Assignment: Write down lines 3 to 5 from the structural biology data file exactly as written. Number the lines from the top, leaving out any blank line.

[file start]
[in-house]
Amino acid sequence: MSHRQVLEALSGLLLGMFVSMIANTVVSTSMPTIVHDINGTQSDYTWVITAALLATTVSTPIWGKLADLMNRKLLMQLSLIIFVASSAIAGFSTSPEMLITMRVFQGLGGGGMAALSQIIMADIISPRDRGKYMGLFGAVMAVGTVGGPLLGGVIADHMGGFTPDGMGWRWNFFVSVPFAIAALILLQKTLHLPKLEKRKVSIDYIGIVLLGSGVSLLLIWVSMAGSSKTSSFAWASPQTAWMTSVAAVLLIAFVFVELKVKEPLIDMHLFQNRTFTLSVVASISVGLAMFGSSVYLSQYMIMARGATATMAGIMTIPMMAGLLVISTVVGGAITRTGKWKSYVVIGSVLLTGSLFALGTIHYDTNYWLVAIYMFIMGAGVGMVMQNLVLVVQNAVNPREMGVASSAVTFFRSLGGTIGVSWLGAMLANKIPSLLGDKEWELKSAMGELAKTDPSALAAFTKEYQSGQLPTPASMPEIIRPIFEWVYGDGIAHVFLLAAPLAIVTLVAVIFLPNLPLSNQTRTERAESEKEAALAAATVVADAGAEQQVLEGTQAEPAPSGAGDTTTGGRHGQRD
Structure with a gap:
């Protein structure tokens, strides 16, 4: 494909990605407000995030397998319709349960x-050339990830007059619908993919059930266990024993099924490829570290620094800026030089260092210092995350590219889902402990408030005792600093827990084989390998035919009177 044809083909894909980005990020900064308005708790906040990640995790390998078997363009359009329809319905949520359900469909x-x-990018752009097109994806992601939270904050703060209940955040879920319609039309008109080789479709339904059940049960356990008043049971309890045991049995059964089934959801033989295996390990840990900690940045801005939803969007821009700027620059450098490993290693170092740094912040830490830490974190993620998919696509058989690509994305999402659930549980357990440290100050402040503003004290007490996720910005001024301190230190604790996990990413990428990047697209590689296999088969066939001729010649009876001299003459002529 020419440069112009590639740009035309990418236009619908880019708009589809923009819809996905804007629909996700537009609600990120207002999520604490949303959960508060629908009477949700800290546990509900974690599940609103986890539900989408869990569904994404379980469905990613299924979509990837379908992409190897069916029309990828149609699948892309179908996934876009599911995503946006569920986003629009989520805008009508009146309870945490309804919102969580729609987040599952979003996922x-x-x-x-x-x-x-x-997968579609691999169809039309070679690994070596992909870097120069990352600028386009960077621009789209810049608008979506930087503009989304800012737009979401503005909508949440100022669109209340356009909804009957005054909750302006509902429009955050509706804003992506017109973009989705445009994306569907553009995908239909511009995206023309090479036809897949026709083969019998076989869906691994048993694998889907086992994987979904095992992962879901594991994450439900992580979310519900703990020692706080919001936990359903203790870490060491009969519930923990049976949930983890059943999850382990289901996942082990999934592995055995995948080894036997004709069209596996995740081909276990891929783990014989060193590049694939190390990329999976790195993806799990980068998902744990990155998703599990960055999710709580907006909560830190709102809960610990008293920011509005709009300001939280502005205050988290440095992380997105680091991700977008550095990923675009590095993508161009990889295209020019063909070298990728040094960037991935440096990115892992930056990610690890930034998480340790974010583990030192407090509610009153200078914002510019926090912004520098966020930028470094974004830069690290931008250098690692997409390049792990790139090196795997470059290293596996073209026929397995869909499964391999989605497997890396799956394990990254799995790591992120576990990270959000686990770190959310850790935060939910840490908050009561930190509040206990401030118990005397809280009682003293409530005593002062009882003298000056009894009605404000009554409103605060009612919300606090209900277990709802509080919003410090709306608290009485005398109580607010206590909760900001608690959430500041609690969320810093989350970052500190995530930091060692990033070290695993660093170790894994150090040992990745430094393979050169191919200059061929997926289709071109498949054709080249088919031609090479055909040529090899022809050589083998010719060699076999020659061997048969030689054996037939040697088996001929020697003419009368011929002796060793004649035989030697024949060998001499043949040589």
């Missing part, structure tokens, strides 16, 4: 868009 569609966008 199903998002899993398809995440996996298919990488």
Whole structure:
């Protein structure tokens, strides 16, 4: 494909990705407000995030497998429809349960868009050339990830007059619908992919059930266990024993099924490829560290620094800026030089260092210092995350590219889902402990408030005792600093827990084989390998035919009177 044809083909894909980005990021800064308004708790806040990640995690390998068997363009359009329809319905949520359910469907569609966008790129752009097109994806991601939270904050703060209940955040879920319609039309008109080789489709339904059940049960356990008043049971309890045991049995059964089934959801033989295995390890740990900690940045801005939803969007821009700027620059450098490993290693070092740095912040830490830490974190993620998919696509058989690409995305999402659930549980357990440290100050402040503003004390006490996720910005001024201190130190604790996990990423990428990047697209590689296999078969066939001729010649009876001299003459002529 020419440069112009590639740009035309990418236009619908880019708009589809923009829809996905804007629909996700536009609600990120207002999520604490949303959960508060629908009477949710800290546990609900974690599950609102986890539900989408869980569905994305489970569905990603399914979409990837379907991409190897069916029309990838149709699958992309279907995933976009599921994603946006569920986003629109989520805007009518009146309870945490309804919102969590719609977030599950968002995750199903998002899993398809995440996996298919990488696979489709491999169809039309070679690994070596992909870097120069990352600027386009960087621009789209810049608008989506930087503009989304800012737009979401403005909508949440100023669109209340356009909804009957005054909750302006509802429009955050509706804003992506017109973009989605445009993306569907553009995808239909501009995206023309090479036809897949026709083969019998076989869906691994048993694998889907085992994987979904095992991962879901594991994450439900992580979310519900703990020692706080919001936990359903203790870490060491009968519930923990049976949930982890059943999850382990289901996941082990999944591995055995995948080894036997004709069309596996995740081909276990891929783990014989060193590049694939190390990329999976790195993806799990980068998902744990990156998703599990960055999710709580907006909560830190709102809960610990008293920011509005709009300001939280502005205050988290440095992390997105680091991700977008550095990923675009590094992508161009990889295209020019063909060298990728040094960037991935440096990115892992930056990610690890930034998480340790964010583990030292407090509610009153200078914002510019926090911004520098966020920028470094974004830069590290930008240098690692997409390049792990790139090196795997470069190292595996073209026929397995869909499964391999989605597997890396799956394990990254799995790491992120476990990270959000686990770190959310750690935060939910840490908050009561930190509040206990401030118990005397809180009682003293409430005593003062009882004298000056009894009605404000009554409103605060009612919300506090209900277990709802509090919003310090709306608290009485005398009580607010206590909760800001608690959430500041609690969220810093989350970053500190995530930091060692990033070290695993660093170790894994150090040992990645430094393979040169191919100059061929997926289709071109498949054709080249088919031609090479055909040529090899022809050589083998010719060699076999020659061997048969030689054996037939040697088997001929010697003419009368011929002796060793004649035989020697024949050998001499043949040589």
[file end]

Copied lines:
Structure with a gap:
């Protein structure tokens, strides 16, 4: 494909990605407000995030397998319709349960x-050339990830007059619908993919059930266990024993099924490829570290620094800026030089260092210092995350590219889902402990408030005792600093827990084989390998035919009177 044809083909894909980005990020900064308005708790906040990640995790390998078997363009359009329809319905949520359900469909x-x-990018752009097109994806992601939270904050703060209940955040879920319609039309008109080789479709339904059940049960356990008043049971309890045991049995059964089934959801033989295996390990840990900690940045801005939803969007821009700027620059450098490993290693170092740094912040830490830490974190993620998919696509058989690509994305999402659930549980357990440290100050402040503003004290007490996720910005001024301190230190604790996990990413990428990047697209590689296999088969066939001729010649009876001299003459002529 020419440069112009590639740009035309990418236009619908880019708009589809923009819809996905804007629909996700537009609600990120207002999520604490949303959960508060629908009477949700800290546990509900974690599940609103986890539900989408869990569904994404379980469905990613299924979509990837379908992409190897069916029309990828149609699948892309179908996934876009599911995503946006569920986003629009989520805008009508009146309870945490309804919102969580729609987040599952979003996922x-x-x-x-x-x-x-x-997968579609691999169809039309070679690994070596992909870097120069990352600028386009960077621009789209810049608008979506930087503009989304800012737009979401503005909508949440100022669109209340356009909804009957005054909750302006509902429009955050509706804003992506017109973009989705445009994306569907553009995908239909511009995206023309090479036809897949026709083969019998076989869906691994048993694998889907086992994987979904095992992962879901594991994450439900992580979310519900703990020692706080919001936990359903203790870490060491009969519930923990049976949930983890059943999850382990289901996942082990999934592995055995995948080894036997004709069209596996995740081909276990891929783990014989060193590049694939190390990329999976790195993806799990980068998902744990990155998703599990960055999710709580907006909560830190709102809960610990008293920011509005709009300001939280502005205050988290440095992380997105680091991700977008550095990923675009590095993508161009990889295209020019063909070298990728040094960037991935440096990115892992930056990610690890930034998480340790974010583990030192407090509610009153200078914002510019926090912004520098966020930028470094974004830069690290931008250098690692997409390049792990790139090196795997470059290293596996073209026929397995869909499964391999989605497997890396799956394990990254799995790591992120576990990270959000686990770190959310850790935060939910840490908050009561930190509040206990401030118990005397809280009682003293409530005593002062009882003298000056009894009605404000009554409103605060009612919300606090209900277990709802509080919003410090709306608290009485005398109580607010206590909760900001608690959430500041609690969320810093989350970052500190995530930091060692990033070290695993660093170790894994150090040992990745430094393979050169191919200059061929997926289709071109498949054709080249088919031609090479055909040529090899022809050589083998010719060699076999020659061997048969030689054996037939040697088996001929020697003419009368011929002796060793004649035989030697024949060998001499043949040589």
């Missing part, structure tokens, strides 16, 4: 868009 569609966008 199903998002899993398809995440996996298919990488």